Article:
Politicians aren’t the only people who need to do a forensic analysis of their pre-digital footprint.
As The Wall Street Journal reports, executives and business owners would be wise to know what potentially offensive photos, audio recordings and writing attributed to them in their younger days is still out there and could potentially come to light, career coaches and crisis management professionals say.
As the scandal engulfing Virginia Gov. Ralph Northam shows, old yearbooks don’t simply gather dust on bookshelves. Photos taken before the days of Facebook and Twitter can be easily uploaded to the web and go viral.
Potentially offensive and damaging images and writing could involve race, gender, sexual orientation and sexual acts, among other things, experts say. Recent incidents increase the urgency for executive search firms and human resource departments to improve their due diligence, said Steve Cody, chief executive of public relations agency Peppercomm and chairman of the Institute for Public Relations.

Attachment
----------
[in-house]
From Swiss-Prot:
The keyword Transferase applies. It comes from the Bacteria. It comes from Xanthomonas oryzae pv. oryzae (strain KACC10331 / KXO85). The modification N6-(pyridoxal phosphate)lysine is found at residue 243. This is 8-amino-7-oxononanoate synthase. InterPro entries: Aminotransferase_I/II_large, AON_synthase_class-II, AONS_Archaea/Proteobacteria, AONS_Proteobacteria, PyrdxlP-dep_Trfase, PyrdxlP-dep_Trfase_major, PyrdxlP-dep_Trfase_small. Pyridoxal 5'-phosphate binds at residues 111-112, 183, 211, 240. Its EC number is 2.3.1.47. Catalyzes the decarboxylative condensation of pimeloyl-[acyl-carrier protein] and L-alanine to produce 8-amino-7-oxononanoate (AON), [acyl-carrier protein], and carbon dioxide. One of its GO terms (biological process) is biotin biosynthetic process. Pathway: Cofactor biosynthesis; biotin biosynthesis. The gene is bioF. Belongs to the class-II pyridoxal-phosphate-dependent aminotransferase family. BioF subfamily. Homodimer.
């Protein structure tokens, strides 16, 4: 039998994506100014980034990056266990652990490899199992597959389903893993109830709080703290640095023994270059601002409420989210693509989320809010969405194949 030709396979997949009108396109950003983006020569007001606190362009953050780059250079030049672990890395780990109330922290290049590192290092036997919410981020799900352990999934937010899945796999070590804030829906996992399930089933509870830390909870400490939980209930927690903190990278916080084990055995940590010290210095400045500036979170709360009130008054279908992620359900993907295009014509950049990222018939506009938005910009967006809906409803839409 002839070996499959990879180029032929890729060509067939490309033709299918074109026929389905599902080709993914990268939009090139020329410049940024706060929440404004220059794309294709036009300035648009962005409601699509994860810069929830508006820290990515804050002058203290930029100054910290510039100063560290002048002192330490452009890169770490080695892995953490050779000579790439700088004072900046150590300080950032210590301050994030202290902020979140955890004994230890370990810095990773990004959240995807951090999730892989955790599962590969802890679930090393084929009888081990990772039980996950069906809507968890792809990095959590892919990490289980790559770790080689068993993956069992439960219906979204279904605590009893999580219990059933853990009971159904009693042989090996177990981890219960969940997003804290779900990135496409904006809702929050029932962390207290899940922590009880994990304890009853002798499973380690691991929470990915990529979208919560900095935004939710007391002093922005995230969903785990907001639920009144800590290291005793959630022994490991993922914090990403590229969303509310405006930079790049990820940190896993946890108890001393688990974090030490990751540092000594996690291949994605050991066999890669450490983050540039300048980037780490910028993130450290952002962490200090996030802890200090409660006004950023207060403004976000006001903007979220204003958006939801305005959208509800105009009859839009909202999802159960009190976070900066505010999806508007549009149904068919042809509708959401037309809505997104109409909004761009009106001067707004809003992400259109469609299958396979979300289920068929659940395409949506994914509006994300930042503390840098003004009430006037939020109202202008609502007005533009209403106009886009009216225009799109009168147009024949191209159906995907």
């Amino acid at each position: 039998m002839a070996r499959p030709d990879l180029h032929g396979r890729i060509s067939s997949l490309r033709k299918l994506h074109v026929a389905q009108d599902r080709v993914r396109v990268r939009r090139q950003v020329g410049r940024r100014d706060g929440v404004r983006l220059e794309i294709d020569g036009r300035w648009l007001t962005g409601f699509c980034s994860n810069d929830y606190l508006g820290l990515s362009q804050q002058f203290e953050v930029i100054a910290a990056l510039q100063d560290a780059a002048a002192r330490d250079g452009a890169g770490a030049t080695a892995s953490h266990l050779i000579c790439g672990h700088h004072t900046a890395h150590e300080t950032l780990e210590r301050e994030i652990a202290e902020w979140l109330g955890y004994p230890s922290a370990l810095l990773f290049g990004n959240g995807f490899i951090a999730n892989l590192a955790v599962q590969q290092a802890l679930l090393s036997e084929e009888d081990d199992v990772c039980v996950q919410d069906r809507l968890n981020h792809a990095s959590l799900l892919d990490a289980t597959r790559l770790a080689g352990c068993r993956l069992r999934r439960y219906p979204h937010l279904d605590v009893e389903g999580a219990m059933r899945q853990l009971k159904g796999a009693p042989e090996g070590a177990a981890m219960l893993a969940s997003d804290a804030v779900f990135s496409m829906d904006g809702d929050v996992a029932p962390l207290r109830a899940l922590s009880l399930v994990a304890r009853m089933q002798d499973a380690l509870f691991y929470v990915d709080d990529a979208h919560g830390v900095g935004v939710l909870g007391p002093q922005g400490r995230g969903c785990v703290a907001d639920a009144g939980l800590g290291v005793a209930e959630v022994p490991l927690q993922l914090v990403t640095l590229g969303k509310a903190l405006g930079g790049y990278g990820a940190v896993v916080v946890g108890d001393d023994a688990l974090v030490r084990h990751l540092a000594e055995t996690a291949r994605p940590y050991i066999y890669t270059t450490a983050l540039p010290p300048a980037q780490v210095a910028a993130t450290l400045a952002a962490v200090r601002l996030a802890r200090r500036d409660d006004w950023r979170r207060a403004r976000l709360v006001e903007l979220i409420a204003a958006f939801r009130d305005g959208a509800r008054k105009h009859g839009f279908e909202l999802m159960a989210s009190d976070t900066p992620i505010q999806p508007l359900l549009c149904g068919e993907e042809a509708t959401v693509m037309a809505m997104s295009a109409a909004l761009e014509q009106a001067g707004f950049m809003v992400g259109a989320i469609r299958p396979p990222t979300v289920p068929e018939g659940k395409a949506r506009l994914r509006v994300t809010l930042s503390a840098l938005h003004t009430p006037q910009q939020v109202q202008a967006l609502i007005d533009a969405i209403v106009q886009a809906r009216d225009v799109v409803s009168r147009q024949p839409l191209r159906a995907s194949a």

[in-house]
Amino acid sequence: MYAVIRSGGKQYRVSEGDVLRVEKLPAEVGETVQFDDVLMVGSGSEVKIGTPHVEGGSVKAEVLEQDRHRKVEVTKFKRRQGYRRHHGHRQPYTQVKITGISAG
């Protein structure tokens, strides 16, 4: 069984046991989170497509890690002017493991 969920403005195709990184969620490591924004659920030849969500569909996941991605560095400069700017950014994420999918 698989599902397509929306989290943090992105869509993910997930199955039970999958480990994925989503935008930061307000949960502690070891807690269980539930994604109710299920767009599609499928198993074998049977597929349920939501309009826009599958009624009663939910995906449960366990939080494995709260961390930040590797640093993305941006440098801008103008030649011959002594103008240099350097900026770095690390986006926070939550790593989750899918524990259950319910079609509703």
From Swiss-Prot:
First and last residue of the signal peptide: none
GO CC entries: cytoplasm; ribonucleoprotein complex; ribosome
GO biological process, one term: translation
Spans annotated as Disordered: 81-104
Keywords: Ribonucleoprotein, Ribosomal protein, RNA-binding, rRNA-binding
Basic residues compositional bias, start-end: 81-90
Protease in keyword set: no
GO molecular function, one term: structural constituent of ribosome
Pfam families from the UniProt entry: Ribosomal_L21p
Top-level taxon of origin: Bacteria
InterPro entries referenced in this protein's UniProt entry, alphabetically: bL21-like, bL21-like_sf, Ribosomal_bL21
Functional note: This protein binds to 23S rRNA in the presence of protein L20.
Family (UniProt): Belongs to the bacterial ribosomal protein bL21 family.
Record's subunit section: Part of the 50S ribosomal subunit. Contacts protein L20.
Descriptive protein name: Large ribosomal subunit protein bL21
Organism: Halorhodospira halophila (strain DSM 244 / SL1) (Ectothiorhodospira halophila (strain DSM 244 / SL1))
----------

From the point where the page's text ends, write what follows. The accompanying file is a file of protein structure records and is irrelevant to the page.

“The advice of ‘Get it all out there’ is a pre-social media phenomenon. Any morsel of info you give will be savaged,” he says.
Instead, the best option is to think through whether there’s a way to explain the incident if it does come out, as well as whom to turn to—such as an old friend or classmate—who could provide helpful context. Read the full story.